This copy of a diagram by an unknown cartographer reflects the layout of South Pearl Street during the early 1800s and was printed in Munsell's Collections on the History of Albany, 3:458. We believe it to be one of the earliest attempts to plot out inhabitation along this one-time path to the pastures!
However, Albany residents began to build along this "cow path" from the beginning of the eighteenth century. Running east from the future South Pearl Street was a section later called Southside or "Cheapside" that was settled by former garrison soldiers and other newcomers whose homes are shown on an assessment roll from the early 1700s. The Lutheran church, dating to the late 1600s, and later the Presbyterian meeting house were built along this street.
By the 1750s, an enclave of weavers
and a number of other Albany mainliners lived
along the street.
Before 1814, this road was known as "Washington Street" commemorating
a walk General George Washington reputedly took from State Street to Schuyler
Mansion when he visited Albany in 1783.
The block west of South Pearl and between Plain and Hamilton Streets
was "Hallenbeck-intensive" containing the homes of several of Hendrick
The "Halenbeek Burial Ground," located
south of South Pearl and Hamilton Street, was established in the will
of Hendrick Hallenbeck in
1764 and served as a family plot until it was dismantled in 1860.
The southern continuation of this drawing (also reproduced (poorly) from volume 3 of Collections), running south from Hamilton Street, across Lydius Street (changed to Madison Avenue in 1867), past the former Yates Mansion (called Kane Mansion in Kane's Park on the map), and continuing south across Ferry Street.
The block of South Pearl Street (south of Hamilton Street to Lydius) included the properties of Barent Sanders and the Van Zandts (recalled today by Van Zandt Street) on the east side and those of the Hoghkerks, Mrs. Price, William Henry (father of Joseph Henry), and others.
South of Lydius: on the southeastern corner with South Pearl was Sheldon Mallery - a merchant at 76 Washington in 1813. New Englander Spencer Stafford utilized land held by his wife's family to build along what became Madison Avenue. The sons of Hessian soldier-turned-storekeeper John C. Fredenrich and the Staffords also built near the intersection of South Pearl and Lydius. However, these references are most helpful for visualizing the mid-nineteenth century.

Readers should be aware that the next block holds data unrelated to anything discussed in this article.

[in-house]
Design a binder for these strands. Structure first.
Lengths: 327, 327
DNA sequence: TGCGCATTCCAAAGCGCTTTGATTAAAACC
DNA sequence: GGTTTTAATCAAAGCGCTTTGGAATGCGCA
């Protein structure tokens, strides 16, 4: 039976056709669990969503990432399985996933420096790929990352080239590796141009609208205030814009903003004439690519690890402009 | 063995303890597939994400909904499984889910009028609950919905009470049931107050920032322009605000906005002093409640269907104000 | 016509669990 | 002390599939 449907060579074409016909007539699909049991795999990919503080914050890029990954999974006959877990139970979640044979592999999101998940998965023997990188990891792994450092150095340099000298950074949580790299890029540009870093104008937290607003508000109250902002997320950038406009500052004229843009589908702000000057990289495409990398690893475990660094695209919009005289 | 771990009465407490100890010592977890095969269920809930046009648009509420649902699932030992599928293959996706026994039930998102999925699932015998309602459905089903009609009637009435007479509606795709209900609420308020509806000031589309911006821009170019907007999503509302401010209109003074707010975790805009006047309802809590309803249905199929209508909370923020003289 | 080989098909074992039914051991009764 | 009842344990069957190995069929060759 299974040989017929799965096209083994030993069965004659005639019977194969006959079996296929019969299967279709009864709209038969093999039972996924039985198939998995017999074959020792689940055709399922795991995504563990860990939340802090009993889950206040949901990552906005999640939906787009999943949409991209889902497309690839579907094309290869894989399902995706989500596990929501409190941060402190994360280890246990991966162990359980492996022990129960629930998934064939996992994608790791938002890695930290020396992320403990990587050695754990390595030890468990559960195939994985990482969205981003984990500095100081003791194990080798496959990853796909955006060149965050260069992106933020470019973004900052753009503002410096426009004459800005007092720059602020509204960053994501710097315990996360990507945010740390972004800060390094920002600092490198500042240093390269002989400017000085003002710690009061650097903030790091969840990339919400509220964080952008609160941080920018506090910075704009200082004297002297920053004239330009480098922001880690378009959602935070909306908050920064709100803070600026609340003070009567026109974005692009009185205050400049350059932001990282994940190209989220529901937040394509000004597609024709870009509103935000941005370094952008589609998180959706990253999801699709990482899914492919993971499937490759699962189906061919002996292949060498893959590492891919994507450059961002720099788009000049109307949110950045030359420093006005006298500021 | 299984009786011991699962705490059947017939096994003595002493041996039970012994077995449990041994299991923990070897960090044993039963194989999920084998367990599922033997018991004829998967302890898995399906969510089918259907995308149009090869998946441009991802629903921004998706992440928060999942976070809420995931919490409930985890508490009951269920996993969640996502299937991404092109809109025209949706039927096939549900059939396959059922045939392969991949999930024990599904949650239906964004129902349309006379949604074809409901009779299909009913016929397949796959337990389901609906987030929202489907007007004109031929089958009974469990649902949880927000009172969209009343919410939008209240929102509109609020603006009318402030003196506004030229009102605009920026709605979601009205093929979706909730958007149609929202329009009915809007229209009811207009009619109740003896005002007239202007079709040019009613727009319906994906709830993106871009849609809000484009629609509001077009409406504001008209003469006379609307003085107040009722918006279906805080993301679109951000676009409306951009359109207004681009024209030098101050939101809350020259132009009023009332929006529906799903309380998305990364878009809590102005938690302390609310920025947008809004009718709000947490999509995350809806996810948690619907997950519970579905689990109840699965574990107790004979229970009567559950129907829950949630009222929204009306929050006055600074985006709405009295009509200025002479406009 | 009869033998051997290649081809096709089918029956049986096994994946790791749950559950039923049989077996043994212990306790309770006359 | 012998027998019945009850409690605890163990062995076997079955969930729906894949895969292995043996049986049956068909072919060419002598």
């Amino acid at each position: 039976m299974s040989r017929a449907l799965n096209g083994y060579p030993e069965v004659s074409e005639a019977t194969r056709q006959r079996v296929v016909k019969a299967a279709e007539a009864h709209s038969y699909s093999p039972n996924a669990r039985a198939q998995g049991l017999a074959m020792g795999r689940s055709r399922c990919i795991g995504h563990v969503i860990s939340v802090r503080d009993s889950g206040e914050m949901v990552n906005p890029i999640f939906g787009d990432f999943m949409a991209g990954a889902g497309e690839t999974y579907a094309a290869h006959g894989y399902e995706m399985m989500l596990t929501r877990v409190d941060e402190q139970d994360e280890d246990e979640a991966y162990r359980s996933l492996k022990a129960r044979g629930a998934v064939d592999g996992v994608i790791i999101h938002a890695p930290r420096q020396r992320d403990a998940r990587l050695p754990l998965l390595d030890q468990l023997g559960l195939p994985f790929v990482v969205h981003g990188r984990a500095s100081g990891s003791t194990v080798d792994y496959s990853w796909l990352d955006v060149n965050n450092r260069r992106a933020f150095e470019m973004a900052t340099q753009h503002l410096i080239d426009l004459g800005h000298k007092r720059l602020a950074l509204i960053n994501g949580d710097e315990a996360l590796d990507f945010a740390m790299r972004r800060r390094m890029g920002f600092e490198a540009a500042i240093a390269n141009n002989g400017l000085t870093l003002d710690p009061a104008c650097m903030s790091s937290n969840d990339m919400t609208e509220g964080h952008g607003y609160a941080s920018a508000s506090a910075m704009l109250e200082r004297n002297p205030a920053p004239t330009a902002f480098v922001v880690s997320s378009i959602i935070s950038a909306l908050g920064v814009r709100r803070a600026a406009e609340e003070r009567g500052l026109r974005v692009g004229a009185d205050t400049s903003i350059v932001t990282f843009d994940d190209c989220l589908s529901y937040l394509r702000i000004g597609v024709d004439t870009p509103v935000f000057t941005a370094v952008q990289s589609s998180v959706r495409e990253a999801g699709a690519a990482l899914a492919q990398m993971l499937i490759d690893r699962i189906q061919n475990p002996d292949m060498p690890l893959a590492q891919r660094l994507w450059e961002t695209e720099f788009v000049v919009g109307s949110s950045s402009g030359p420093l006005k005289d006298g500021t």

Another, further continuation shows the Charles tannery, South Pearl Street running across the Beaverkill, past Schuyler Mansion, and almost to the city line. Beyond that, was Cherry Hill in Bethlehem. This entire settlment area falls under the legendary umbrella of the South End. Philip Schuyler's will divided the lands between his mansion and South Pearl Street among his daughters. Only a few years after his death, those lots were being sold to first-time owners.
This reproduction likeness has been turned to facilitate examination. The top of the image faces South toward the part of the Manor that in 1793 became Bethlehem. It later was annexed by the city of Albany. The original southern border crossed South Pearl Street about five blocks south of the Arch Street bridge.
We recognize that this presentation is marred by the poor quality of the images. Hopefully, we will be able to display them more clearly, coherently, and usefully before too long. Please bear with us on this.